Abstract P042: Association of Long-Term Coffee Consumption with Total and Cause-Specific Mortality
BACKGROUND: Coffee is one of the most popular beverages worldwide; however, the association between coffee consumption and risk of mortality remains inconclusive.
METHOD: We examined the associations of consumption of total, caffeinated, and decaffeinated coffee with risk of subsequent total and cause-specific mortality among 121,704 women in the Nurses’ Health Study (1984 - 2013), 116,683 women in the Nurses’ Health Study 2 (1991 - 2013), and 51,530 men in the Health Professionals Follow-up Study (1986 - 2013). Participants with a history of cancer, heart disease, or stroke at baseline were excluded. Coffee consumption was assessed at baseline using a semi-quantitative food frequency questionnaire.
RESULTS: During 5,048,976 person-years of follow-up, 20,025 women and 13,391 men died. Consumption of total, caffeinated, and decaffeinated coffee were non-linearly associated with total mortality (P for non-linear trend < 0.001). The pooled hazard ratios (HRs) for death among participants who drank coffee, as compared with those who did not, were 0.96 (95% CI: 0.92 - 1.00) for coffee consumption less than one cup/d, 0.89 (95% CI: 0.86 - 0.92) for coffee consumption one to three cups/d, 0.91 (95% CI: 0.87 - 0.95) for coffee consumption three to five cups/d, and 1.01 (95% CI: 0.96 - 1.06) for coffee consumption more than five cups/d (p for non-linearity < 0.001; p for non-linear trend < 0.001). When restricting to never smokers, compared to non-drinkers, the multivariate adjusted HRs of total mortality across categories of total coffee consumption were 0.93 (0.86-1.02) for 1 cup/d, 0.87 (0.82-0.96) for 1-3 cups/d, 0.85 (0.77-0.94) for 3-5 cups/d, and 0.83 (0.71-0.97) for >5 cups/d (p for non-linearity = 0.15; p for linear trend <0.001). A significant inverse association was observed for both caffeinated coffee (p for trend < 0.001) and decaffeinated coffee (p for trend = 0.03).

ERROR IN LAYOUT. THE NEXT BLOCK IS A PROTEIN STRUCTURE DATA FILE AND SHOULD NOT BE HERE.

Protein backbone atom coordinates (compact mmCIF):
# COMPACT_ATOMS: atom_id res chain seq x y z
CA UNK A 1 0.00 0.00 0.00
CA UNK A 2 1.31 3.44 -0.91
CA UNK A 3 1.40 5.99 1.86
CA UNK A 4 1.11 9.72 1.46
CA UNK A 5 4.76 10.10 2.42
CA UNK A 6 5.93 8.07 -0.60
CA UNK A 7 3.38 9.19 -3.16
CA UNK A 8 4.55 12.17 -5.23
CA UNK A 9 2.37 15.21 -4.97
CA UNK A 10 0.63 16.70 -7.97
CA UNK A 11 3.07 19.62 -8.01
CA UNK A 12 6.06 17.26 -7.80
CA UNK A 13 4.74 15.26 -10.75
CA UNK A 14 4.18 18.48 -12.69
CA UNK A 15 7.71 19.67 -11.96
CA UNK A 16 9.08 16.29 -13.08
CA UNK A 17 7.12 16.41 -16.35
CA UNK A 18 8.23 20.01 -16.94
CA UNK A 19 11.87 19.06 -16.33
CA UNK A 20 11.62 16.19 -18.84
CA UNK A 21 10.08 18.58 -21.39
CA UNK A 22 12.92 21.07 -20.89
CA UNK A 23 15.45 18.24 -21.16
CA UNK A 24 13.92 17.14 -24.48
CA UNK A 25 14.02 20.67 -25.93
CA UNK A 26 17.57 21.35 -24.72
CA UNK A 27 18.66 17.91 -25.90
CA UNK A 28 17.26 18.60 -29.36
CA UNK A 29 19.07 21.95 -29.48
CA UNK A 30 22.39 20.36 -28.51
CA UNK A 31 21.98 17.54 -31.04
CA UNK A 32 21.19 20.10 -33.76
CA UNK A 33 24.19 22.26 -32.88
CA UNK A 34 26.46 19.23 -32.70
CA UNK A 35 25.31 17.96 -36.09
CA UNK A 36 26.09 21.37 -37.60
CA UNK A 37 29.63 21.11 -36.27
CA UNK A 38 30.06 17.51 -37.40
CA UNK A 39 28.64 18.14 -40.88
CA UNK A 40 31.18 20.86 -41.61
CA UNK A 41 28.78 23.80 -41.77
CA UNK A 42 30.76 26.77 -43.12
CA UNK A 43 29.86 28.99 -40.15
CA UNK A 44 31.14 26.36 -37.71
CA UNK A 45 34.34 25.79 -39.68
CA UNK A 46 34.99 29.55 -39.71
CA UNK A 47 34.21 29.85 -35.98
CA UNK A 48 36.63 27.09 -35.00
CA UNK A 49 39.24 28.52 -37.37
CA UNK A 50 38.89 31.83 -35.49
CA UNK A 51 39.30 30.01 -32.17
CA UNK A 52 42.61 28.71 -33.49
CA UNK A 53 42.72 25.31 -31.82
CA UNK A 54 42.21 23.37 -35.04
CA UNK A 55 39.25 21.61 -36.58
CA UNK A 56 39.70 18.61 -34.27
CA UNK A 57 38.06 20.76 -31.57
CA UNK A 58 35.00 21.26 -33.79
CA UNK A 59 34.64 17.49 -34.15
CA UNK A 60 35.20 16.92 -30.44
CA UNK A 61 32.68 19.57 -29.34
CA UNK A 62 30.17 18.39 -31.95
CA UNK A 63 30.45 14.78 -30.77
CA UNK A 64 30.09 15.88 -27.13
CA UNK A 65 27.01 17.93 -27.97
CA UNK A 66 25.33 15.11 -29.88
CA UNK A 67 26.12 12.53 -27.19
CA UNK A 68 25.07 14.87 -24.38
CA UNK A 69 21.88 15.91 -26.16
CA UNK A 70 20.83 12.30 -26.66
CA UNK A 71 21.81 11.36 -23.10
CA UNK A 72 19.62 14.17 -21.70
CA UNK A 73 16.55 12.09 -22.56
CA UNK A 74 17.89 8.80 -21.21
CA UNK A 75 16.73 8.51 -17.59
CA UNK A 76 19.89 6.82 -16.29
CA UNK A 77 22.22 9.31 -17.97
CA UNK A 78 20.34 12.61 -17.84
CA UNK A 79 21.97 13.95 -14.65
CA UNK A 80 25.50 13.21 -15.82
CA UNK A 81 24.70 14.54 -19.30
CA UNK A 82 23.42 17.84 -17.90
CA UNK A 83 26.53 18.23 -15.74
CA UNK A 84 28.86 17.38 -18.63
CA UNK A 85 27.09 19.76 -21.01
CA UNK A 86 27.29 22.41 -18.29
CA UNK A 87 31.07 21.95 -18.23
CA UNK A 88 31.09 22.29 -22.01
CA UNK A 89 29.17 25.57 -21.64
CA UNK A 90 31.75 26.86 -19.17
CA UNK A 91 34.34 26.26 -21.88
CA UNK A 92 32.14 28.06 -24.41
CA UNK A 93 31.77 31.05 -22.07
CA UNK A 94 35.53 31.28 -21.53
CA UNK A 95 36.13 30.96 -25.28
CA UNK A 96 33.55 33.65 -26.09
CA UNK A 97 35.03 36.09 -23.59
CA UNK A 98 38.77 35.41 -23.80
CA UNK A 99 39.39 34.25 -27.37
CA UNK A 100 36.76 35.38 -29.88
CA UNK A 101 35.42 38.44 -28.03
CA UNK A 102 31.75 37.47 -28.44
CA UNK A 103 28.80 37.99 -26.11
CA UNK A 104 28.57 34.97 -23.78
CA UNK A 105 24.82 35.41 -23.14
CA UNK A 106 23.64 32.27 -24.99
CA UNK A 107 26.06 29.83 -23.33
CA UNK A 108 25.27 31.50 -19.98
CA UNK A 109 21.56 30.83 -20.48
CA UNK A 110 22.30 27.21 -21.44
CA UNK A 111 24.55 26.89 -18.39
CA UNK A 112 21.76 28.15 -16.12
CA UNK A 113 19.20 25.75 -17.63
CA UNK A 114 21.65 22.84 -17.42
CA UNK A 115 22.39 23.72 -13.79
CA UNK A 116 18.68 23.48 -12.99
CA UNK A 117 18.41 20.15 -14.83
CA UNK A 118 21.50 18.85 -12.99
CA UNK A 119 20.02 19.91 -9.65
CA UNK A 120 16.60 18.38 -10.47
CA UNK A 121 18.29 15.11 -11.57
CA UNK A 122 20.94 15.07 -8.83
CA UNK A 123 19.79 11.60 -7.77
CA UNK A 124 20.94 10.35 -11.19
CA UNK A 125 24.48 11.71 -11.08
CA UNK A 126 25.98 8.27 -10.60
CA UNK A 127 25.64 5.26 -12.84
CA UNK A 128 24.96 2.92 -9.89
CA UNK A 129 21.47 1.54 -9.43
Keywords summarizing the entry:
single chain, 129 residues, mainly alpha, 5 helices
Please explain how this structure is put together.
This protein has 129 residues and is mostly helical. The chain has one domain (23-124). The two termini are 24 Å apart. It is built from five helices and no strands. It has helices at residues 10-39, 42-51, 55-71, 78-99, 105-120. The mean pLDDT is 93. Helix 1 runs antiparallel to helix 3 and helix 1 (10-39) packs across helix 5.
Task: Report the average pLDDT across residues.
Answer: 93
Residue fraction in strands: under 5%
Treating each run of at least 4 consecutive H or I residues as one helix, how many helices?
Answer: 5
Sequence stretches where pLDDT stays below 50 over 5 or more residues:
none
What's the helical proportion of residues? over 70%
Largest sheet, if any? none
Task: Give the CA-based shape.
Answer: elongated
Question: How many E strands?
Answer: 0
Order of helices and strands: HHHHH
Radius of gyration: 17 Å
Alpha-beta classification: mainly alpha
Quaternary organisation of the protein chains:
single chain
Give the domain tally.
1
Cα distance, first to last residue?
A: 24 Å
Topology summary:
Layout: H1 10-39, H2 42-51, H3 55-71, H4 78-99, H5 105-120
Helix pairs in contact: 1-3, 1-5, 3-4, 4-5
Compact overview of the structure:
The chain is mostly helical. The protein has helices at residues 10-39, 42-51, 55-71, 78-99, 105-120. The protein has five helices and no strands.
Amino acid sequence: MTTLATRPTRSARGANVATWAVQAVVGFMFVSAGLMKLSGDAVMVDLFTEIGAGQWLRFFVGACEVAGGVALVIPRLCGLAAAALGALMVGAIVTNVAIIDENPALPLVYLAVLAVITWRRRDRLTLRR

CONCLUSION: These data indicate higher consumption of total coffee, caffeinated coffee, and decaffeinated coffee was associated with lower risk of total mortality.
Author Disclosures: M. Ding: None. A. Satija: None. S. Bhupathiraju: None. Q. Sun: None. J. Han: None. W. Willett: None. R. van Dam: None. F. Hu: None.
- © 2015 by American Heart Association, Inc.